The heat gun idea freaks me out. Just saying.......... Good luck.......
 

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Discussion Starter · #8 ·
My CUTE 1997 2 door Rav4 was showing signs of it having been around for several years, especially the black trim and bumpers: grey. I landed on a product: Turtle Wax Jet Black Endura-Shine Trim Coating. AMAZING stuff! I removed all the trim I could remove and washed the heck out of it with detergent/water (I think dish soap DAWN works pretty well to get grease etc off). The Jet Black comes with a sponge (and gloves). I found it best to DAB the liquid magic on rather that smearing it on. It fits better into the grainy texture of the trim if dabbed on. I did 3-4 (maybe more) coats until I had a good, deep, dark BLACK finish and put them back on the car. AMAZING difference. I haven't done the door panels yet and the difference is startling; I'll post pictures as soon as I can get them. My initial application was 3 months ago and those pieces still look like I did them yesterday. Turtle Wax brags it will last over a year and I think they may be right. Make sure you get the Trim Coating as Jet Black has several products I haven't used. I left the rear door trim in place and masked off the trim from the car, backing that with thick paper to avoid getting it on the paint. Remove all those panels you can. I haven't done the door panels yet as I want to figure out HOW to remove them first and, then, figure out how to not black out the RAV4 trim in the grooves. I think I have a method I'll report on when I do it. But Winter doth fast approach.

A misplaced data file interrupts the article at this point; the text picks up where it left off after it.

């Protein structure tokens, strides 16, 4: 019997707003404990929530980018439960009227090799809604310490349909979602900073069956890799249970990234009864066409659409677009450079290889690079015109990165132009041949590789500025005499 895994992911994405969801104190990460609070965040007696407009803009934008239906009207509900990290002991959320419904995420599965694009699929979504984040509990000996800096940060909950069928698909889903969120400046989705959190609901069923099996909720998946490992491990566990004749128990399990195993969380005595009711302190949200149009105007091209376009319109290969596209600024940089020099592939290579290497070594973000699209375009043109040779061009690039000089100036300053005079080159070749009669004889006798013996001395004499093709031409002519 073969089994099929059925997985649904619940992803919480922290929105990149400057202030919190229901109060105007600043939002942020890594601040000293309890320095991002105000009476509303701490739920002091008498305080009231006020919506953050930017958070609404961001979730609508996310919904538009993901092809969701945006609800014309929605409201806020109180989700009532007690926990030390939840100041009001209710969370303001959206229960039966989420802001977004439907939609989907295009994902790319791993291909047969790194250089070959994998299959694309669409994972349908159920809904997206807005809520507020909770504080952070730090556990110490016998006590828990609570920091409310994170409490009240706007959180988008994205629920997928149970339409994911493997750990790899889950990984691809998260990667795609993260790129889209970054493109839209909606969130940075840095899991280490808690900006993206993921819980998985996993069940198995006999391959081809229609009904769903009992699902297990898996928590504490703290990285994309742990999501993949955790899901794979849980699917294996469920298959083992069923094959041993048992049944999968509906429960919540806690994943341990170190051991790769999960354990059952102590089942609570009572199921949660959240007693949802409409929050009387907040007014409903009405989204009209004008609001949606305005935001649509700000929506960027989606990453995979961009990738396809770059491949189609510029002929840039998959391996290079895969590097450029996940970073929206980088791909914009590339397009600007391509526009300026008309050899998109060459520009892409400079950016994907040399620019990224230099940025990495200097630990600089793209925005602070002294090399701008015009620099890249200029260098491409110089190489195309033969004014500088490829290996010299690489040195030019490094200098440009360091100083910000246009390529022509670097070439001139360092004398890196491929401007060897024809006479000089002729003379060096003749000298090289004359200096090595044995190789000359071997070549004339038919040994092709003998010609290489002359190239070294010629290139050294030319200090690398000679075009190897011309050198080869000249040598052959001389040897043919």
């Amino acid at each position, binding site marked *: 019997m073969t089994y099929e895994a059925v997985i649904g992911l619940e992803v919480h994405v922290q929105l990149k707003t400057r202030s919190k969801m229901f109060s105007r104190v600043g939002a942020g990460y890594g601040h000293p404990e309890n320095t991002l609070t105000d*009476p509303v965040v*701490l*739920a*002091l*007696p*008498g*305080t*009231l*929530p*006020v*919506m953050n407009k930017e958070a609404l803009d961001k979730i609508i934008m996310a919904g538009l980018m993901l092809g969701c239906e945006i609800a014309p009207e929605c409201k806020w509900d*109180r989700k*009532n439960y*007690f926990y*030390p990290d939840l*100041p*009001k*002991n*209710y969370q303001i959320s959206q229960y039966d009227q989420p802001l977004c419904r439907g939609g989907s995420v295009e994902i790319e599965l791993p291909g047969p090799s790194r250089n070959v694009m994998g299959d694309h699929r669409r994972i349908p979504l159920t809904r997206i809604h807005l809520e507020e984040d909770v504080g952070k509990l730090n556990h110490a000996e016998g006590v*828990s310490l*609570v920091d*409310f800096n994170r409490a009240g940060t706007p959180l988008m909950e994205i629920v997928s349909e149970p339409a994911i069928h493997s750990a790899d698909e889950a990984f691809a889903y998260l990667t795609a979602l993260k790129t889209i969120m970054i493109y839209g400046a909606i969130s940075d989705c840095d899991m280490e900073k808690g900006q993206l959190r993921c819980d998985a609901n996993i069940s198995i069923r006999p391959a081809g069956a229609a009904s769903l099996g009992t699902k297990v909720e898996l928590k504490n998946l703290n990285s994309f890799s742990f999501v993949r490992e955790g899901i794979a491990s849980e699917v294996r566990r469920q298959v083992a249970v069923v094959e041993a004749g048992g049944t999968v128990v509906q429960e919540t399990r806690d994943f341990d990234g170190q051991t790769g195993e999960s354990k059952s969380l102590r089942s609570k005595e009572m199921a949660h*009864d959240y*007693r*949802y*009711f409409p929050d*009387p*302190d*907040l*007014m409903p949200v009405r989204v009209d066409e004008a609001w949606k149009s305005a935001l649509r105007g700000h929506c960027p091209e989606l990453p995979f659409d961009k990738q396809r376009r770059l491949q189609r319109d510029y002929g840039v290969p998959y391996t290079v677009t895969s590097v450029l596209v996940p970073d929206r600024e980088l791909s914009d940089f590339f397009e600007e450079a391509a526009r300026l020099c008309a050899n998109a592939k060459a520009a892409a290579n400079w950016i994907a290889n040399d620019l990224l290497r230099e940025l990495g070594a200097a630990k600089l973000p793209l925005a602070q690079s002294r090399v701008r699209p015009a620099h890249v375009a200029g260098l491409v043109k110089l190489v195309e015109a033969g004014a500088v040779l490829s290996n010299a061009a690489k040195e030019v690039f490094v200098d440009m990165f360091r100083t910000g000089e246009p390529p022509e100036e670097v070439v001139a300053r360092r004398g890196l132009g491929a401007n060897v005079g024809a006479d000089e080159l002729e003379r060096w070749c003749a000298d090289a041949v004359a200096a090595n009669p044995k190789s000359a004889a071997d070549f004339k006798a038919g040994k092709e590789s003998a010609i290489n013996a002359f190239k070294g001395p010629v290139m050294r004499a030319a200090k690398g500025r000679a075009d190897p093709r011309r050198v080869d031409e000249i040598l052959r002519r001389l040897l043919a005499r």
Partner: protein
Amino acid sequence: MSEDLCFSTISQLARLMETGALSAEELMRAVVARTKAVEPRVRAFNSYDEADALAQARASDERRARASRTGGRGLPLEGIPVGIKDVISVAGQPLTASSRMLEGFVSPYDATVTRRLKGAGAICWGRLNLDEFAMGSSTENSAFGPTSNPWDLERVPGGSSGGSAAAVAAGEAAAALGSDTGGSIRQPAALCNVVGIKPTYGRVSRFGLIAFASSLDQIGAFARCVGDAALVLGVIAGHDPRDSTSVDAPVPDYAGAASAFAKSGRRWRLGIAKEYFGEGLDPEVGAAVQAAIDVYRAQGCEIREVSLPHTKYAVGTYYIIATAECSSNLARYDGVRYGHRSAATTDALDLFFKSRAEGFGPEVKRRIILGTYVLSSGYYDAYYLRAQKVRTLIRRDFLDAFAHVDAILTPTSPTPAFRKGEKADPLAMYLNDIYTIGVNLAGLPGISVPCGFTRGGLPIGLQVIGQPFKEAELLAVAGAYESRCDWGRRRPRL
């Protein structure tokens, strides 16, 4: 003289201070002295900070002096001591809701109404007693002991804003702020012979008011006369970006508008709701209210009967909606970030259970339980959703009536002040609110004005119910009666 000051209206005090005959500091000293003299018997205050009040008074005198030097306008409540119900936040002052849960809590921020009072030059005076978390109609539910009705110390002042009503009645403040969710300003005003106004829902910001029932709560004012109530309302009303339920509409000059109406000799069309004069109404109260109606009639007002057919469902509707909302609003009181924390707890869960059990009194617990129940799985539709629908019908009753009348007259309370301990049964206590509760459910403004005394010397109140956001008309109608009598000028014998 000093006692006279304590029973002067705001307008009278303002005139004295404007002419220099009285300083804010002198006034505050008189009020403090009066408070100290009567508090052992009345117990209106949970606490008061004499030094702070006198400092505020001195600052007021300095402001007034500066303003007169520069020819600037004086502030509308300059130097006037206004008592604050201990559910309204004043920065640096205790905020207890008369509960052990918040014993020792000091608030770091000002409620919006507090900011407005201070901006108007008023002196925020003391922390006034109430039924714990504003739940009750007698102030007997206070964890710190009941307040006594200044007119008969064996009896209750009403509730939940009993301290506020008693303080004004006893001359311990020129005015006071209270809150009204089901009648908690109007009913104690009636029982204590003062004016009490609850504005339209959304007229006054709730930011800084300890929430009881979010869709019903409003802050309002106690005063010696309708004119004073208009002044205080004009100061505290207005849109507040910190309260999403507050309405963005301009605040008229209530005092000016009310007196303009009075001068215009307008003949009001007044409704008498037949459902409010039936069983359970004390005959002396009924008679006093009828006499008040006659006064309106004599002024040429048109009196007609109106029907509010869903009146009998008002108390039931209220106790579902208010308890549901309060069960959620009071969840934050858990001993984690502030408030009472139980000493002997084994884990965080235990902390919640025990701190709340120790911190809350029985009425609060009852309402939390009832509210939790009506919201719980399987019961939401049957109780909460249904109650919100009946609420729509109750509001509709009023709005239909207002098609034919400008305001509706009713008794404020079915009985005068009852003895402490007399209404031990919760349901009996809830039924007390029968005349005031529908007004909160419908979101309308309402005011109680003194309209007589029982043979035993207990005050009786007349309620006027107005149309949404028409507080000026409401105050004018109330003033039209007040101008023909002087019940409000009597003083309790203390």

Front Bumper: the one I have is and after-market but was showing signs of time as well. I sanded it lightly with 320 grit sandpaper to rough it up a bit to give it a little "tooth" for the paint to grip and PAINTED it with DUPLACOLOR Bumper Paint, flat black, which worked really well and, so far (one month) seems pretty durable. I used two cans on one bumper; getting 3 might not be a bad idea. REMOVE the bumper before painting it, please: not that hard a task.